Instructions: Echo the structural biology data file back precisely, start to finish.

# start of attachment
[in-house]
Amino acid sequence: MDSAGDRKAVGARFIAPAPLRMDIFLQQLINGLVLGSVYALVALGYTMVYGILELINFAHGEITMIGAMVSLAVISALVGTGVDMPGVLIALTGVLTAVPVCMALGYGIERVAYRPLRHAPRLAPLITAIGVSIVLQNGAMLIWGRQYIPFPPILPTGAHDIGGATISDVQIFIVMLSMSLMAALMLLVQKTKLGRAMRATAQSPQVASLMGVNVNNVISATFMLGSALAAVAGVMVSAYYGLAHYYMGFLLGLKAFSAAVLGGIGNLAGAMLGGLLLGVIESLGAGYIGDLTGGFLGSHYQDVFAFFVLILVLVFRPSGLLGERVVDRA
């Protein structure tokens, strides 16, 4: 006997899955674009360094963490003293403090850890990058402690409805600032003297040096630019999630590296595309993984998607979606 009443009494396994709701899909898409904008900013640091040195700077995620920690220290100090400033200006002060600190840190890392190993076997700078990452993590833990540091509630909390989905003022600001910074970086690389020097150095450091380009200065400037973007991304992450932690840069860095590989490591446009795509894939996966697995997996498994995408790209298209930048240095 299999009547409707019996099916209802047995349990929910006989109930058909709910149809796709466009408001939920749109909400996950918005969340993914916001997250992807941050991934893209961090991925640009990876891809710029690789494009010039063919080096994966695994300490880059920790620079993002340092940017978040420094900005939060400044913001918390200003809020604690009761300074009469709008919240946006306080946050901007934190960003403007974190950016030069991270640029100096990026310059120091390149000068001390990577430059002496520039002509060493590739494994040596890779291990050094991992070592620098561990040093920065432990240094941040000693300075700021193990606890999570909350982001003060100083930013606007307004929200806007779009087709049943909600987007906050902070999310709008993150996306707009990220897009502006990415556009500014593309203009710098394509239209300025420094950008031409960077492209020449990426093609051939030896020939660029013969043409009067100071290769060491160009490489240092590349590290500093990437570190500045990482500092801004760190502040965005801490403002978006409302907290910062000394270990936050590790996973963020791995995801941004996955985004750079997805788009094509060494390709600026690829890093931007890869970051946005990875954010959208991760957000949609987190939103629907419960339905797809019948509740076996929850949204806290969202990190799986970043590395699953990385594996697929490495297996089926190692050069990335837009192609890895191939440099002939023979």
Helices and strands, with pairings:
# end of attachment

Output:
[in-house]
Amino acid sequence: MDSAGDRKAVGARFIAPAPLRMDIFLQQLINGLVLGSVYALVALGYTMVYGILELINFAHGEITMIGAMVSLAVISALVGTGVDMPGVLIALTGVLTAVPVCMALGYGIERVAYRPLRHAPRLAPLITAIGVSIVLQNGAMLIWGRQYIPFPPILPTGAHDIGGATISDVQIFIVMLSMSLMAALMLLVQKTKLGRAMRATAQSPQVASLMGVNVNNVISATFMLGSALAAVAGVMVSAYYGLAHYYMGFLLGLKAFSAAVLGGIGNLAGAMLGGLLLGVIESLGAGYIGDLTGGFLGSHYQDVFAFFVLILVLVFRPSGLLGERVVDRA
């Protein structure tokens, strides 16, 4: 006997899955674009360094963490003293403090850890990058402690409805600032003297040096630019999630590296595309993984998607979606 009443009494396994709701899909898409904008900013640091040195700077995620920690220290100090400033200006002060600190840190890392190993076997700078990452993590833990540091509630909390989905003022600001910074970086690389020097150095450091380009200065400037973007991304992450932690840069860095590989490591446009795509894939996966697995997996498994995408790209298209930048240095 299999009547409707019996099916209802047995349990929910006989109930058909709910149809796709466009408001939920749109909400996950918005969340993914916001997250992807941050991934893209961090991925640009990876891809710029690789494009010039063919080096994966695994300490880059920790620079993002340092940017978040420094900005939060400044913001918390200003809020604690009761300074009469709008919240946006306080946050901007934190960003403007974190950016030069991270640029100096990026310059120091390149000068001390990577430059002496520039002509060493590739494994040596890779291990050094991992070592620098561990040093920065432990240094941040000693300075700021193990606890999570909350982001003060100083930013606007307004929200806007779009087709049943909600987007906050902070999310709008993150996306707009990220897009502006990415556009500014593309203009710098394509239209300025420094950008031409960077492209020449990426093609051939030896020939660029013969043409009067100071290769060491160009490489240092590349590290500093990437570190500045990482500092801004760190502040965005801490403002978006409302907290910062000394270990936050590790996973963020791995995801941004996955985004750079997805788009094509060494390709600026690829890093931007890869970051946005990875954010959208991760957000949609987190939103629907419960339905797809019948509740076996929850949204806290969202990190799986970043590395699953990385594996697929490495297996089926190692050069990335837009192609890895191939440099002939023979």
Helices and strands, with pairings: